Will deaths tied to the Covid-19 pandemic save the day? After all, deaths will likely be concentrated among retired employees getting benefits rather than active employees paying contributions. Moreover, active employees who succumb to the virus will be replaced. If we exclude Hollywood disaster scenarios, the highest projections are U.S. death rates doubling in 2020 and remaining 2.5% higher thereafter. Using the age distribution of coronavirus deaths for which information is available, that could cause liabilities to fall by about half the amount that assets fell. But in that scenario assets would probably fall much farther. It’s hard to come up with a scenario in which additional coronavirus deaths improve pension funded ratios.

Will these events trigger Illinois or some other state to default? It’s plausible. Will that cause other states and municipalities to follow? That’s likely, mainly because creditors will stop lending to states with big unfunded pension liabilities. Will that provide the cover for every state except maybe Utah and Wisconsin from seizing the opportunity to renege on promises? I’d bet on that as well.

What we do today is start treating pensions as an issue that must be addressed rather than a can to be kicked down the road. Admit that promises to employees will not be kept, and start figuring out how to direct the cuts to where they will do the least harm: younger workers with more time to prepare and richer workers with more ability to pay. Collecting the maximum contributions possible, but in realistic forms employees can count on rather than unreliable promises about future. Releasing timely and complete data on assets and cash flows.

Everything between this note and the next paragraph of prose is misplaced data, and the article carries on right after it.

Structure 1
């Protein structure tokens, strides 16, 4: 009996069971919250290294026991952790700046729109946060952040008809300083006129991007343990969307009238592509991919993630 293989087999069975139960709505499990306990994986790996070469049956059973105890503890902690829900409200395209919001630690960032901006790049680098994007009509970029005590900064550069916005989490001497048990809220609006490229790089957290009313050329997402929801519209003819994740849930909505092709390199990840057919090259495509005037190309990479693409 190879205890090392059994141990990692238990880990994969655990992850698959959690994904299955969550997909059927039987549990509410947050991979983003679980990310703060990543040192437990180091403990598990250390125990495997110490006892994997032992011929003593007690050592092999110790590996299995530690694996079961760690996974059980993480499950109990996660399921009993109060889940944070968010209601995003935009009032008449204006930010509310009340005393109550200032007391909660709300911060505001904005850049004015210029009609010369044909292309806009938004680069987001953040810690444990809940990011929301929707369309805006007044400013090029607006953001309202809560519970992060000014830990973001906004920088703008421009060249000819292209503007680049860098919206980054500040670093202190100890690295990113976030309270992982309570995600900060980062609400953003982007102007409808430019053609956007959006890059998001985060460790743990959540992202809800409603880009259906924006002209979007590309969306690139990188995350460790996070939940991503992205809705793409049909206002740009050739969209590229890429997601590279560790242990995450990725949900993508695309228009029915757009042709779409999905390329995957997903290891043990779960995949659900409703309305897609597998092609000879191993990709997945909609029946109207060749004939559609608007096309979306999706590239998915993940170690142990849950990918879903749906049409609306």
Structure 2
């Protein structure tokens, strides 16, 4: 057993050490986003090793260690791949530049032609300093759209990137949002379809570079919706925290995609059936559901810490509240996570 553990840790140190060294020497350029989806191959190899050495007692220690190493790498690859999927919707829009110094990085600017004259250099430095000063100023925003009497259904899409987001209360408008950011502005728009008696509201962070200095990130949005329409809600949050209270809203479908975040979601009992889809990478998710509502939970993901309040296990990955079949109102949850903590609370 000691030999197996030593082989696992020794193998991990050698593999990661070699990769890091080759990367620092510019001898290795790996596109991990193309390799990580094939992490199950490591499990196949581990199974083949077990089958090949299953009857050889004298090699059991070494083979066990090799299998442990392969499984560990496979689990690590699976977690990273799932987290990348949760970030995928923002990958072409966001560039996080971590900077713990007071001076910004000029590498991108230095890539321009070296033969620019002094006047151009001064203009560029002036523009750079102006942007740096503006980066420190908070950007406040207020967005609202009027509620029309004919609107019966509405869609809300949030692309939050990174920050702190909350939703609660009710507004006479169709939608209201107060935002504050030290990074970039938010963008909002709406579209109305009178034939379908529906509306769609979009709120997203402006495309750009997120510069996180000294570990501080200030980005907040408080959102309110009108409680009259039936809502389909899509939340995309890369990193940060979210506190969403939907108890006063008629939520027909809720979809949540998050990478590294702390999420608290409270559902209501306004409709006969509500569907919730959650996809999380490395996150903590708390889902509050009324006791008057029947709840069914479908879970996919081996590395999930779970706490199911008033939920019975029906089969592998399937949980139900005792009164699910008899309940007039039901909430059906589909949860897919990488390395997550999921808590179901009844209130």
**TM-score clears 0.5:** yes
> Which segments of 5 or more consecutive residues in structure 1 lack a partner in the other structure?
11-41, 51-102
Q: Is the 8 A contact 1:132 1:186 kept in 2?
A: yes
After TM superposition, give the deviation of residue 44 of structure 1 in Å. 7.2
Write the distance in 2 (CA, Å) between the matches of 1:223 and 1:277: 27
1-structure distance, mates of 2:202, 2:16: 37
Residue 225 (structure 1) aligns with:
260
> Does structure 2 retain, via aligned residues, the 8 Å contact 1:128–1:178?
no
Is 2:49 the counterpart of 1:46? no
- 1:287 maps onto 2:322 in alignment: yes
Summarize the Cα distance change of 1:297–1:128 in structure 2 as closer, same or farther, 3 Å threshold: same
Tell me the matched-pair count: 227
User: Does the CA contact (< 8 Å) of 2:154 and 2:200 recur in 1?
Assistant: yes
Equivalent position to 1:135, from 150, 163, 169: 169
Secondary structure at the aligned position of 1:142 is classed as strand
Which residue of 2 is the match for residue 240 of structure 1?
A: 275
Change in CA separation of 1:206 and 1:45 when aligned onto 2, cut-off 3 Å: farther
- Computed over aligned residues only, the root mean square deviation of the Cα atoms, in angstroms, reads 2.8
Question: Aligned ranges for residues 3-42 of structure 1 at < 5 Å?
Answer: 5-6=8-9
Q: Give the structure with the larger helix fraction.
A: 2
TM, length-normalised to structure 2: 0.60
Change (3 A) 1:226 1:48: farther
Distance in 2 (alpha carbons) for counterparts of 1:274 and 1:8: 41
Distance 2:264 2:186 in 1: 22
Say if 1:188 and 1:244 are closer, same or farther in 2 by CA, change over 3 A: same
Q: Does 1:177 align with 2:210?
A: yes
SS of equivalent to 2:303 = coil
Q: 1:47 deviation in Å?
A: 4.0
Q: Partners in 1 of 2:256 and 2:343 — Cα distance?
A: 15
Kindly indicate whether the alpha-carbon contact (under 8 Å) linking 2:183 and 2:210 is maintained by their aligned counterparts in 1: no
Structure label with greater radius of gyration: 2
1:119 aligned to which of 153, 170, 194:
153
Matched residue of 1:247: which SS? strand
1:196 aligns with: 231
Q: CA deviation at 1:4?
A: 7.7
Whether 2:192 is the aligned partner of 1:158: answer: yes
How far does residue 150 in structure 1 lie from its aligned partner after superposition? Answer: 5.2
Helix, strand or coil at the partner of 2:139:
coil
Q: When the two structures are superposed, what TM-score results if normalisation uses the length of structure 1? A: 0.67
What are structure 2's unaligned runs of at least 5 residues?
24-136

The basic terms of the fix are obvious. Pension payments will be capped, probably at something like the Social Security maximum of $3,011 per month for someone who retires at age 65. Tax the benefits, again probably like the rules for Social Security (50% of benefits for single filers with total income between $25,000 and $34,000, 85% of benefits for higher income individuals). Make healthcare plans more Medicare-like, with lower provider payments. Employee contributions to be directed either to Social Security/Medicare or individual retirement accounts rather than underwriting payments to retired workers.

This will provoke fierce fights. First to accept the inevitable and second to set the precise terms. How will police officers be treated versus teachers versus Division of Motor Vehicle clerks? Will all state and local plans be put in one bucket, or will employees from more prudent states do better than employees from profligate ones? How will scarce funds be directed to pensions versus health benefits? How much will taxpayers and creditors kick in? These fights will take place in legislatures, courtrooms and union elections. It won’t be pretty or fun. But the sooner we admit the problem and start to solve it, the sooner it’s behind us.

This column does not necessarily reflect the opinion of Bloomberg LP and its owners.

Aaron Brown is a former managing director and head of financial market research at AQR Capital Management. He is the author of "The Poker Face of Wall Street." He may have a stake in the areas he writes about.